Systematic Theology by Wayne Grudem, part 7
Stu Station is blogging through Wayne Grudem’s Systematic Theology. This is the first systematic theology I’ve read, although I have read numerous other theological books and a few that are basically doctrine-lite textbooks. I’m hoping that through this study I’ll learn a lot and be humble enough to change my views as the Holy Spirit leads. At this point I’m planning on blogging twice a week on Grudem’s Systematic Theology…but don’t hold me to that!
Chapter 8 – The Four Characteristics of Scripture: (4) Sufficiency
I was really encouraged by reading this chapter of Wayne Grudem’s Systematic Theology…which of course meant that something bad had to happen. Satan and sin couldn’t let that stand. God may not be the architect of sin, but I firmly believe that he allows it and manages it according to his purposes and plans. What that means, practically, is that God may allow you to continue sinning for many years until you learn the exact specific lesson (or lessons, sometimes) that God wants you to learn from your sin. (I’d argue this idea is entirely Bible.) God knows that you will never be cleaned up or righteous enough in his eyes to merit anything, so what does it matter if you stop sinning today or tomorrow? Not one bit, since you are still a sinner, and only Jesus can declare otherwise. In no way are we not fully responsible for our own sins and actions, but God is still Lord and in charge of it all.
I also, perhaps superstitiously, believe in the “other foot syndrome”, as it seems to occur time and time again in my life. Something good happens, something bad must happen. Rarely am I conscious of it being the other way, but it must be. Anyways, God was convicting me today while I was at the gym. There are a few people in my life that I am cold and standoffish to, for a number of reasons…and there is no reason for that. I may not ever be truly friends with these people, but there is no reason not to be friendly. My conscience would be clear, and the worse that could happen is I’m friendly with someone who isn’t. So God was convicting me and I had to repent while at the gym, changing my attitude toward these people. And I hope to make amends the next time I see them.
Which, in a roundabout way, brings me to the current chapter of Wayne Grudem’s Systematic Theology, dealing with the sufficiency of Scripture. This is a touchy subject for me. In my Christian walk, I’ve listened to preachers and fools alike who err on either side of the sufficiency of Scripture, where either Scripture is sufficient for EVERYTHING in life and nothing else can be allowed to have an opinion, or the flipside where lipservice is made to the suffiency of Scripture, but then there are some things that are MORE sufficient than Scripture. I firmly believe in the sufficiency of Scripture, and yet this will always get me in trouble.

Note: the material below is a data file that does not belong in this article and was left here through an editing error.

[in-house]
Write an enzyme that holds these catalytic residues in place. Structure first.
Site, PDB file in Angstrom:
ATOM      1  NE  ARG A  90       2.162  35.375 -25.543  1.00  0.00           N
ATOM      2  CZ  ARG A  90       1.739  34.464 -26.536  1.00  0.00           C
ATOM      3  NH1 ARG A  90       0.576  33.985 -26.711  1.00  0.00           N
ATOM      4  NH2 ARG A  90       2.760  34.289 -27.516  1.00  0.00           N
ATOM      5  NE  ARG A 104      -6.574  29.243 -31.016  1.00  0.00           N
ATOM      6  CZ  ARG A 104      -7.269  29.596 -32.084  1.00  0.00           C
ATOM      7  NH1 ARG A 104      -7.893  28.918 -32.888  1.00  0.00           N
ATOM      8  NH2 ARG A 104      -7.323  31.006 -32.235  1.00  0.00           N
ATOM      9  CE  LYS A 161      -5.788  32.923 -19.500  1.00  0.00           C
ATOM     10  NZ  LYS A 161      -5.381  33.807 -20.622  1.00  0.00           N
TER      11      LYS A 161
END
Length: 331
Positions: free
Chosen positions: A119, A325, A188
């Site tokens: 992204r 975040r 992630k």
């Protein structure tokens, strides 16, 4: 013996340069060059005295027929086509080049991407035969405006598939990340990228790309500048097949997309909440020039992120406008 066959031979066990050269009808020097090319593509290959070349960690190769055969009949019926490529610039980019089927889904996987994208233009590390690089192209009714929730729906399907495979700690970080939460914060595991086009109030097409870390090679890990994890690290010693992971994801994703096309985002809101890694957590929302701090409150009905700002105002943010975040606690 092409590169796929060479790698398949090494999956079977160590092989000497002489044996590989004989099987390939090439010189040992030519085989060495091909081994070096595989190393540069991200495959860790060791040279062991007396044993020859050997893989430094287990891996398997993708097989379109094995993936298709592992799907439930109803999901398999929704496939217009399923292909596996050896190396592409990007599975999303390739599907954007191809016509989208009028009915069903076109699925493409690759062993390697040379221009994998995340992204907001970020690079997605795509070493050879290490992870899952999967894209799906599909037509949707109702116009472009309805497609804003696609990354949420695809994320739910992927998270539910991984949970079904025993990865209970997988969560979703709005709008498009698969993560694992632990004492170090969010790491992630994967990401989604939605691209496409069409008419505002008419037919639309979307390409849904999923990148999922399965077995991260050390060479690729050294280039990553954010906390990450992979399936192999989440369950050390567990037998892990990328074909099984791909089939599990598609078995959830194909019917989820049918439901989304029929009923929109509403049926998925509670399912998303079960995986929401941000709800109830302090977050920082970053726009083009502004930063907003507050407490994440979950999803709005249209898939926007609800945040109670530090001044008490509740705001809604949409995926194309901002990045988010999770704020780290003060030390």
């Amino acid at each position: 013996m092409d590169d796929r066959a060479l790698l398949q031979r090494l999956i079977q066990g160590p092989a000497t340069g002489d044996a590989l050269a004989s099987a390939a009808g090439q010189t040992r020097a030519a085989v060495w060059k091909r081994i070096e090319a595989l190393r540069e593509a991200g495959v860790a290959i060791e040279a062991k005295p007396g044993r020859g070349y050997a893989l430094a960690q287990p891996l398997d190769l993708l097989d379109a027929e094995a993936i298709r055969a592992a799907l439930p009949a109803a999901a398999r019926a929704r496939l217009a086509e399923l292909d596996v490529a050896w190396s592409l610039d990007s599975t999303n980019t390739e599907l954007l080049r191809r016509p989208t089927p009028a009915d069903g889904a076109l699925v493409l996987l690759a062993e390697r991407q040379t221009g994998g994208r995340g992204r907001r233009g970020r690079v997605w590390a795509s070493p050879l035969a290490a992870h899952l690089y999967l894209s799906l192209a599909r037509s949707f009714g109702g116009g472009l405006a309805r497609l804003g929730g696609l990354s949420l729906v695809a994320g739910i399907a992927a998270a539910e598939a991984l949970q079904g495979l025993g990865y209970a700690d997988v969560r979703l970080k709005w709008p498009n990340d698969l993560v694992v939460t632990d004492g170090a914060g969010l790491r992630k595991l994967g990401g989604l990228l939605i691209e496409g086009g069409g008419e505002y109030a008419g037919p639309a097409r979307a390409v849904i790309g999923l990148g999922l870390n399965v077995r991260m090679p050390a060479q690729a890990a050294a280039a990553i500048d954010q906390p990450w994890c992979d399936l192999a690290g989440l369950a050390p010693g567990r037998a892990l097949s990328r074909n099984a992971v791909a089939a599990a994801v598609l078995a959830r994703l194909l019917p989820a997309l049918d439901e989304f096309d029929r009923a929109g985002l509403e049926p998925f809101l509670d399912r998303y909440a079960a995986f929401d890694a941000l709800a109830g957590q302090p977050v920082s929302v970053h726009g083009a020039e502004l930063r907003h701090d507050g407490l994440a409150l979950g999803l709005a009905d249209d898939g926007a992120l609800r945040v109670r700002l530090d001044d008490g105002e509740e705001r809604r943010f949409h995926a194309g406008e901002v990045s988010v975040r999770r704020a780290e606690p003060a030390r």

“We can define the sufficiency of Scripture as follows: The sufficiency of Scripture means that Scripture contained all the words of God he intended his people to have at each stage of of redemptive history, and that it now contains all the words of God we need for salvation, for trusting him perfectly, and for obeying him perfectly (pg 127).”
Grudem’s next line is key – “This definition emphasizes that it is in SCRIPTURE ALONE that we are to search for God’s words to us.” Amen. Now, Grudem, as a charismatic, goes on to look at what this means in light of modern day prophecy, and him and I firmly inline with many of the more historic and sane understandings of prophecy, even within the charismatic movement. Grudem is careful to remind us that this doesn’t mean that subjective impressions of God’s will are useless, but that these subjective impressions can only remind us of moral commands that are already in Scripture. These will never add to or replace Scripture. Ever. Grudem includes a quote he heard that I especially am now fond of:
“The degree of certainty we have with regard to God’s will in a situation is directly proportional to the degree of clarity we have as to how the Word of God applies to the situation.” – Edmund Clowney
That right there cuts off the majority of attempts from many to discern God’s will in their lives. It automatically cuts off as unBiblical the idea of waiting for a word from the Lord before undertaking an action. It presupposes that we already have the Word from the Lord in Scripture, and that we study the Word of the Lord in Scripture, and then we pray and proceed. That’s it. In my own life, I’ve heard peoples’ testimonies change radically over a period of years, from being active decisions to passive receptions of some vague and subjective “word of knowledge” from the Lord. That right there is one of the greatest factors in my rejection of what most people define modern day prophecy to be, because it has been demonstrated to be false and subjective 100% of the time, without fail. Plus, Scripture condemns it.